Advisory & Education
During the 19th Century, partridges flourished following land enclosure, which gave a patchwork quilt landscape of mixed cropping, and an increasing interest in shooting. By the late 19th and early 20th Century, grey patridge numbers were probably at a high point with more than 1 million pairs in the UK.
In the 1950s, a sharp decline in numbers followed the introduction of herbicides in cereal growing, a reduction in gamekeepers and some habitat loss through hedgerow margin removal.
We believe the causes of the grey partridge decline are also common to the loss in numbers of other farmland birds.
Here are the four golden rules to help you decide. Don’t shoot wild greys:
Yes. Our research has proved that effective predation control can easily treble grey partridge numbers in a few years.
Reducing foxes, crows and small ground predators such as stoats and rats in the breeding and pre-breeding seasons is especially important. However, labour is expensive, i.e. professional keepers, and amateurs rarely have the expertise and time to be effective over a big area.
The fact is that wild grey partridges are more abundant where they are conserved for shooting.
Denying those who do most to provide habitat and control predation the right to ‘harvest’ grey partridges when there is a shootable surplus would, at a stroke, eliminate much of the hard work and habitat that is created to conserve them. There would then be fewer partridges, not more.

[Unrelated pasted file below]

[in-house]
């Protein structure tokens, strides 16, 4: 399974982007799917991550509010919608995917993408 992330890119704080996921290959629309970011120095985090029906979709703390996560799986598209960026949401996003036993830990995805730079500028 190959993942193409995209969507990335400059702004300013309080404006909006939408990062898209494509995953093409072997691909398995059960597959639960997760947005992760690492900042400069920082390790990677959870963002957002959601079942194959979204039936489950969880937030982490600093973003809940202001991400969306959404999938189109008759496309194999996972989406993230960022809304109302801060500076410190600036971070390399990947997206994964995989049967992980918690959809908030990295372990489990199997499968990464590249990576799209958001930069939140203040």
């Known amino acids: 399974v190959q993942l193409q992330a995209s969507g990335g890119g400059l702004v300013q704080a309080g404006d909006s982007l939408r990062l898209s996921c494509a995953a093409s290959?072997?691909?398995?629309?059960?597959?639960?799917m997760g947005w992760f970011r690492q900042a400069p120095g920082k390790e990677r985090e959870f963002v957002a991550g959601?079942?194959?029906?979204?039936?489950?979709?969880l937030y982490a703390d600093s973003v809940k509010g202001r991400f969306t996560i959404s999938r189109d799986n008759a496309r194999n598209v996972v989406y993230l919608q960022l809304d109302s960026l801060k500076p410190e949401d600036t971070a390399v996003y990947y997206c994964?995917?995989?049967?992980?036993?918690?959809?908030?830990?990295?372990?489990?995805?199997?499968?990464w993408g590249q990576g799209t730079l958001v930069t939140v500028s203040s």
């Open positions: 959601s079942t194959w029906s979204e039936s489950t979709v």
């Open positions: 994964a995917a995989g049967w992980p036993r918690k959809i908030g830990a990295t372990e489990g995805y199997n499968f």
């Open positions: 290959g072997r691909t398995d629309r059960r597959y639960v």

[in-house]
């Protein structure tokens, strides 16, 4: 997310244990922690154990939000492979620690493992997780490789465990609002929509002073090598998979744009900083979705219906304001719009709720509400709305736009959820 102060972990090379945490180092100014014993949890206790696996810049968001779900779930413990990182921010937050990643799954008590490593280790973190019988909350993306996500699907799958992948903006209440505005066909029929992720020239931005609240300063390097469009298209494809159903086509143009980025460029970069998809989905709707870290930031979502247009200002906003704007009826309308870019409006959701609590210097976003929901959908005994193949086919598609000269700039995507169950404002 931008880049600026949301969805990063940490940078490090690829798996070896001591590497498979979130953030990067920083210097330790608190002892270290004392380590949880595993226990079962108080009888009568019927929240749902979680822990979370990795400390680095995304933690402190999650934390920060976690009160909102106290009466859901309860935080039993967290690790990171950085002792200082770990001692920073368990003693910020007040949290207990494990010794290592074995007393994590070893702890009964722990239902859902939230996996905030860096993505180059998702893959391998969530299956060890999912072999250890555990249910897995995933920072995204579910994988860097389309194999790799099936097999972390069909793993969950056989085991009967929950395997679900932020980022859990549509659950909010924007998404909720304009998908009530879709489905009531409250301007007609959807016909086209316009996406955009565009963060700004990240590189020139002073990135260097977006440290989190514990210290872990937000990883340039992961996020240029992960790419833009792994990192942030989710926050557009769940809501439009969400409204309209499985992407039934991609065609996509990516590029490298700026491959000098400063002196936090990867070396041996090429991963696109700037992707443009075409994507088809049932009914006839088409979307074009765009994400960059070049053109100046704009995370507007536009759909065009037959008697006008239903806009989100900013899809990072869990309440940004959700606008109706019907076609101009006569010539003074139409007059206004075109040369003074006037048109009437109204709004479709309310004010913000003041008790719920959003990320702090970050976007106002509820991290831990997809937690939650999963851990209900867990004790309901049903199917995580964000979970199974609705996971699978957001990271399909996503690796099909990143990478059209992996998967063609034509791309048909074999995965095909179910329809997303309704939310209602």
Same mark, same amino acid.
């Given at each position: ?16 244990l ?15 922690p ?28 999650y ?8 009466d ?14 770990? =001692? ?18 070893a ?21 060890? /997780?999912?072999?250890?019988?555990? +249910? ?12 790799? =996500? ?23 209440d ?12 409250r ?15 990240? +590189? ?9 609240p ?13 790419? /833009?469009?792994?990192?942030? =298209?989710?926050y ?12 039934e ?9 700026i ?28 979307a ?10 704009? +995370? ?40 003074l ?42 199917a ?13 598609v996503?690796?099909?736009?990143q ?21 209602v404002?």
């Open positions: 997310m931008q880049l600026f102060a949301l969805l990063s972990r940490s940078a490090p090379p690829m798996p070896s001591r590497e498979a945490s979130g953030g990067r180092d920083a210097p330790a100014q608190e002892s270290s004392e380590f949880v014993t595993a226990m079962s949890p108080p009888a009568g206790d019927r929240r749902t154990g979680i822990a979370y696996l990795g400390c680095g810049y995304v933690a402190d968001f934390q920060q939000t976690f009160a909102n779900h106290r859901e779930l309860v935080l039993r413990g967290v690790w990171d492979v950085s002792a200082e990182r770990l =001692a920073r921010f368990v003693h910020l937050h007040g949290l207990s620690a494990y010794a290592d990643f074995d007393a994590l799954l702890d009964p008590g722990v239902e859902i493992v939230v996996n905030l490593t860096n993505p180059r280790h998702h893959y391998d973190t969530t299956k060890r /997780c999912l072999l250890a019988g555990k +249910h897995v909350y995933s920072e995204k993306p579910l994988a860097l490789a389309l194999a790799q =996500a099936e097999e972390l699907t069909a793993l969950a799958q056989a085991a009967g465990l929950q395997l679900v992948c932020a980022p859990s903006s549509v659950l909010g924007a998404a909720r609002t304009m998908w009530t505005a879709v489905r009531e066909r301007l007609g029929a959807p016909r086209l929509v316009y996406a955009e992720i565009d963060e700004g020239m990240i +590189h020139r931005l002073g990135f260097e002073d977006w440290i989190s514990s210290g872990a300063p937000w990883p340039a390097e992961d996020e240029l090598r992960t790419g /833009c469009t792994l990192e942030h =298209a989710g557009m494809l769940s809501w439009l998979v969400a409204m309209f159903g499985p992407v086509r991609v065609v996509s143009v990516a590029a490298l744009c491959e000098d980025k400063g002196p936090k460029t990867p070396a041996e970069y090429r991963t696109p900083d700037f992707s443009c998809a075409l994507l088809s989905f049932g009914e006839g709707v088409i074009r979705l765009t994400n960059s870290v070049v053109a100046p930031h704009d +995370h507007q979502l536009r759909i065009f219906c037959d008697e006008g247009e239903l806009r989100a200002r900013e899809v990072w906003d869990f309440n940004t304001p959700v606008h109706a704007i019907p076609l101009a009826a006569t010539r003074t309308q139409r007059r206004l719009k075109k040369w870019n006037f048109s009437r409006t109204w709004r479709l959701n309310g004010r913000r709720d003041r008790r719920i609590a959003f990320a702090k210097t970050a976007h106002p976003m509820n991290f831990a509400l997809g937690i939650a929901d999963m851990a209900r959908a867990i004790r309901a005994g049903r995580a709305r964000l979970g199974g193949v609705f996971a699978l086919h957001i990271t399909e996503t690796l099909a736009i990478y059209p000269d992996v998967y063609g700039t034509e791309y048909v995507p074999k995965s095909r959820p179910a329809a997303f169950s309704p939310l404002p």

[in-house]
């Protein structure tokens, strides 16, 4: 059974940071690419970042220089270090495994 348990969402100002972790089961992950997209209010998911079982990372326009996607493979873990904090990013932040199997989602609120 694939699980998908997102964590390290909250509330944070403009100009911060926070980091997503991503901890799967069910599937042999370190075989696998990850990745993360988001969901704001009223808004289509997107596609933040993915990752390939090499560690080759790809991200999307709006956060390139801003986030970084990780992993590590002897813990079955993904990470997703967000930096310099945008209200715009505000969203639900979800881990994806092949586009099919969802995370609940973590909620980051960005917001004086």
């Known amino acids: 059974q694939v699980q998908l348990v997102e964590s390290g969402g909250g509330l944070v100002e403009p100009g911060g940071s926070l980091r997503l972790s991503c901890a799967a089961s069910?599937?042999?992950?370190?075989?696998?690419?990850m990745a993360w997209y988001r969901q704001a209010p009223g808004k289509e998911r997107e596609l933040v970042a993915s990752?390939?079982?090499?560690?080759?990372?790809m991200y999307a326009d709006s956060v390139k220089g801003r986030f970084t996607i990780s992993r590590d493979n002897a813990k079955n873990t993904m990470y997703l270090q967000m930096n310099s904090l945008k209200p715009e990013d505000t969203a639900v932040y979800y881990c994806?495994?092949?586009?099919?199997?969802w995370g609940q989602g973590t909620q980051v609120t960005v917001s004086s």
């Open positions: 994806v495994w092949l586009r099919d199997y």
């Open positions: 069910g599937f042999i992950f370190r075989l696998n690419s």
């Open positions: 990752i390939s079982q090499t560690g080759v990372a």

This is a common view, but our research suggests that releasing game farm stock into a wild population may be counter-productive. This is probably because the released birds are not likely to be good mothers.
If they take territories that could have been occupied by truly wild stock the exercise may therefore be damaging. Where no wild greys exist, there is a better reason to restock.
There is no hard evidence of this, but redlegs may be detrimental in some circumstances.
Generally, the grey partridge is a more aggressive bird, but in the spring redlegs may dump their eggs into grey nests, resulting in incomplete or disrupted incubation of the grey eggs.
Unless special measures are taken to avoid it, greys can be shot by mistake, especially on redleg days, but also by inexperienced guns on pheasant days.
The key count is carried out in the early autumn, immediately after harvest on arable ground, and any time after mid-August elsewhere. Try to complete the count before mid-September before the young birds moult into adult plumage. Drive round the whole area, field at a time, in early morning or late evening recording single birds, pairs and the size of all coveys.
A pair of x10 binoculars are essential and two bird spotters in a vehicle are better than one. Try to establish which are young and which are old birds, and which are the males and females among the old birds. From this you can work out breeding success.
Do not consider shooting unless you have more than than 20 birds per 250 acres and in poor breeding years do not shoot at all. Even in good years never shoot more than 30% of the stock.
Why not submit your count to the Trust's long-running Partridge Count Scheme and benefit from the free information it provides?
Yes. The various stewardship schemes, operated separately for England and Wales, Scotland and Northern Ireland, give grants for hedgerows, as well as for conservation headlands, beetle banks and wild-bird seed mixes.
Remember, one can also establish wild bird cover on set-aside ground.
Tell guns what to look out for. Greys usually fly in coveys until they pair up in January, while redlegs may fly in large, more loose packs, but often in singles.
This alone may not be enough, so try to develop a system of signals from the beaters, and in particular the flankers, to warn guns of approaching grey partridges. Loud ‘thunderer’ whistles could indicate greys are coming so guns should only shoot if they are absolutely certain of redlegs over in the 15 seconds after a whistle blast. This technique has proved very effective.
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